With the pandemic continuing to rage on throughout the world, this year’s WWDC is entirely virtual — including the company’s big annual keynote, where it shows off all of the updates coming to iOS, macOS, and all of the other software it builds in-house.
Didn’t have time to watch the whole stream live? Here’s a quick rundown of all the highlights, category-by-category.
The next version of iOS will roll out in preview mode to developers today, with a public beta expected sometime in July.
App Library: A new home screen page that will show up after you swipe past your final page of apps. It automatically categorizes and sorts all of your apps, highlighting those you use the most.
Widgets: Widgets can now live on the homescreen alongside your app icons, rather than being buried away on the Today screen
Picture-in-picture on iPhone: While the iPad has had picture-in-picture video playback since iOS 9, it’s been curiously absent on the iPhone. No longer! If you switch apps while playing a video (or having a video chat), it’ll continue playing in a small box you can drag around the screen.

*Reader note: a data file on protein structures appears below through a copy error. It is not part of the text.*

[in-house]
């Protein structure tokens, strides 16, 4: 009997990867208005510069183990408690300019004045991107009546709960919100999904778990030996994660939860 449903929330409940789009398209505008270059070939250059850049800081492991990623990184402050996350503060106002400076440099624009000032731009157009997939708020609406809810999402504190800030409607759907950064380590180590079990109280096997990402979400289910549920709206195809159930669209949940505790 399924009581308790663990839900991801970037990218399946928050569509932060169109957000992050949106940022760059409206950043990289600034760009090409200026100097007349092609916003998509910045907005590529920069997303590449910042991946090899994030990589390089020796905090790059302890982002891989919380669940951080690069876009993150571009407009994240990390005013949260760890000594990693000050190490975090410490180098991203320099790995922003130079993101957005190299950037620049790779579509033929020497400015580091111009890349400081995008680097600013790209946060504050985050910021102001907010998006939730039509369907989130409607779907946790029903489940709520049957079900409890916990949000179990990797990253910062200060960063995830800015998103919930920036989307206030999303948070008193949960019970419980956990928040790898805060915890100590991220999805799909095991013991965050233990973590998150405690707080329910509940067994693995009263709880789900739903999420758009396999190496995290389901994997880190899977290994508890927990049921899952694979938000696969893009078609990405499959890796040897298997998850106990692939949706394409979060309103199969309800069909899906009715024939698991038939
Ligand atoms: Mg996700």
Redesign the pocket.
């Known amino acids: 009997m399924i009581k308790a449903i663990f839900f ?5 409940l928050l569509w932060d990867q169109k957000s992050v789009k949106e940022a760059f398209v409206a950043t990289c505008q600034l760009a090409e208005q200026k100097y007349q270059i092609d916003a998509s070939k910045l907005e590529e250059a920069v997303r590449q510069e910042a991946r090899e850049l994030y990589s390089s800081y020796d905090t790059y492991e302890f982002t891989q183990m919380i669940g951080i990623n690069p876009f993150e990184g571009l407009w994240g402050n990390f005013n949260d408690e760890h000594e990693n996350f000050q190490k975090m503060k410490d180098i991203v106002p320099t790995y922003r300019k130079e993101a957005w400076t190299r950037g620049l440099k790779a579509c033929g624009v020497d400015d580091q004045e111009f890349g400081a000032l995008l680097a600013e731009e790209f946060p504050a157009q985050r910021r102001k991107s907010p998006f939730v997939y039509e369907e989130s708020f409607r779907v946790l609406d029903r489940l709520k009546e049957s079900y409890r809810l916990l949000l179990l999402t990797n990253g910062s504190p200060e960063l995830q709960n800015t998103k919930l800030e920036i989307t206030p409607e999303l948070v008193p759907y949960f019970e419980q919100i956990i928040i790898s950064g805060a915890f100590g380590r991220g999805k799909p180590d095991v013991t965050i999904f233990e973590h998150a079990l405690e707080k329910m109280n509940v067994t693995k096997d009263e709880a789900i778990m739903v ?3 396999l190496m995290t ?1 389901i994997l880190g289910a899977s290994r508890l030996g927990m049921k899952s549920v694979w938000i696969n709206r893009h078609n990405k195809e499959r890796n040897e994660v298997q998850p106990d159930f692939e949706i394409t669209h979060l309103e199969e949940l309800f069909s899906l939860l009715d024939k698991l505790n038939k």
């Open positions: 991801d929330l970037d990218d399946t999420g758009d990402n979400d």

Siri: The Siri interface has been overhauled to no longer take over the fullscreen, and can do speech-to-text transcription entirely on-device for the sake of speed and privacy.
Messages: You can now pin your most important conversations to the top of your messages list, and you can setup notifications on noisy group messages to only alert you when you’re mentioned by name. Oh, and Memojis can now wear masks.
Maps: Apple’s “new maps” are rolling out later this year in the UK, Ireland, and Canada. Maps will also soon be getting cycling directions (in NYC, SF Bay Area, LA, Beijing, and Shanghai at first) that are mindful of things like bike lanes and hills, along with directions for electric vehicle owners that factors in things like battery range and charging locations.